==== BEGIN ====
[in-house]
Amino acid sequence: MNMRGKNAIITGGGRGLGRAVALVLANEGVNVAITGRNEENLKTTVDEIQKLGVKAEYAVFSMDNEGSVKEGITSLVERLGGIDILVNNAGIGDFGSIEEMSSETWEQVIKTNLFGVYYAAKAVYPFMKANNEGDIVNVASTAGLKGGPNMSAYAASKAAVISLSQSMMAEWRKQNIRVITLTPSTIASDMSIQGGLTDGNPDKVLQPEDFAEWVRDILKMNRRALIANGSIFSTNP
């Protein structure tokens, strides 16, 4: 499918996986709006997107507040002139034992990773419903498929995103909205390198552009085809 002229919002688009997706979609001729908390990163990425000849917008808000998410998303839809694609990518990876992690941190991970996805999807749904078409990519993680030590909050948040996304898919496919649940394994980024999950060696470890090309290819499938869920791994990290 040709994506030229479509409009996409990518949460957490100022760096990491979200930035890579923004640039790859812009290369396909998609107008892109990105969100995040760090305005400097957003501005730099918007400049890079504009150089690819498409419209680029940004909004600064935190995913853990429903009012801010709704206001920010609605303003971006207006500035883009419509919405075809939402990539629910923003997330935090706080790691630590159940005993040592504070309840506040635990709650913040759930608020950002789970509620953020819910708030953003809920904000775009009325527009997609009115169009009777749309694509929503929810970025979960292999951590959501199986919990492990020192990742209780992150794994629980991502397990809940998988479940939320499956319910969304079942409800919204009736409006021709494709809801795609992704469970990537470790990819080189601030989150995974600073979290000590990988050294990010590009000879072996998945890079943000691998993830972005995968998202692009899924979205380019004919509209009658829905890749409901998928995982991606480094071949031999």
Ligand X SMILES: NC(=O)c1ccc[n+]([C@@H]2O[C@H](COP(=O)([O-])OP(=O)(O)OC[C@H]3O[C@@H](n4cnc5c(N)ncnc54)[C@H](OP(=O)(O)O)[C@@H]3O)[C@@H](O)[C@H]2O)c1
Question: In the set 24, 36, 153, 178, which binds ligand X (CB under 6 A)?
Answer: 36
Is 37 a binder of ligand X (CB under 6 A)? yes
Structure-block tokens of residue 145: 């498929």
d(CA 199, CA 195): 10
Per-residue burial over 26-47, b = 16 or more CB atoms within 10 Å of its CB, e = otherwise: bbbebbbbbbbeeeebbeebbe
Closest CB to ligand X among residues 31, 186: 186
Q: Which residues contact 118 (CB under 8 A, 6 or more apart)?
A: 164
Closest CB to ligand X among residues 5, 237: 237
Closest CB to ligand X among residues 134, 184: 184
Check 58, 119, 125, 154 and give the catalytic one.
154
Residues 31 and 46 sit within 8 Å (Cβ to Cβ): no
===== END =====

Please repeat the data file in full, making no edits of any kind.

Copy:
[in-house]
Amino acid sequence: MNMRGKNAIITGGGRGLGRAVALVLANEGVNVAITGRNEENLKTTVDEIQKLGVKAEYAVFSMDNEGSVKEGITSLVERLGGIDILVNNAGIGDFGSIEEMSSETWEQVIKTNLFGVYYAAKAVYPFMKANNEGDIVNVASTAGLKGGPNMSAYAASKAAVISLSQSMMAEWRKQNIRVITLTPSTIASDMSIQGGLTDGNPDKVLQPEDFAEWVRDILKMNRRALIANGSIFSTNP
């Protein structure tokens, strides 16, 4: 499918996986709006997107507040002139034992990773419903498929995103909205390198552009085809 002229919002688009997706979609001729908390990163990425000849917008808000998410998303839809694609990518990876992690941190991970996805999807749904078409990519993680030590909050948040996304898919496919649940394994980024999950060696470890090309290819499938869920791994990290 040709994506030229479509409009996409990518949460957490100022760096990491979200930035890579923004640039790859812009290369396909998609107008892109990105969100995040760090305005400097957003501005730099918007400049890079504009150089690819498409419209680029940004909004600064935190995913853990429903009012801010709704206001920010609605303003971006207006500035883009419509919405075809939402990539629910923003997330935090706080790691630590159940005993040592504070309840506040635990709650913040759930608020950002789970509620953020819910708030953003809920904000775009009325527009997609009115169009009777749309694509929503929810970025979960292999951590959501199986919990492990020192990742209780992150794994629980991502397990809940998988479940939320499956319910969304079942409800919204009736409006021709494709809801795609992704469970990537470790990819080189601030989150995974600073979290000590990988050294990010590009000879072996998945890079943000691998993830972005995968998202692009899924979205380019004919509209009658829905890749409901998928995982991606480094071949031999």
Ligand X SMILES: NC(=O)c1ccc[n+]([C@@H]2O[C@H](COP(=O)([O-])OP(=O)(O)OC[C@H]3O[C@@H](n4cnc5c(N)ncnc54)[C@H](OP(=O)(O)O)[C@@H]3O)[C@@H](O)[C@H]2O)c1
Question: In the set 24, 36, 153, 178, which binds ligand X (CB under 6 A)?
Answer: 36
Is 37 a binder of ligand X (CB under 6 A)? yes
Structure-block tokens of residue 145: 């498929």
d(CA 199, CA 195): 10
Per-residue burial over 26-47, b = 16 or more CB atoms within 10 Å of its CB, e = otherwise: bbbebbbbbbbeeeebbeebbe
Closest CB to ligand X among residues 31, 186: 186
Q: Which residues contact 118 (CB under 8 A, 6 or more apart)?
A: 164
Closest CB to ligand X among residues 5, 237: 237
Closest CB to ligand X among residues 134, 184: 184
Check 58, 119, 125, 154 and give the catalytic one.
154
Residues 31 and 46 sit within 8 Å (Cβ to Cβ): no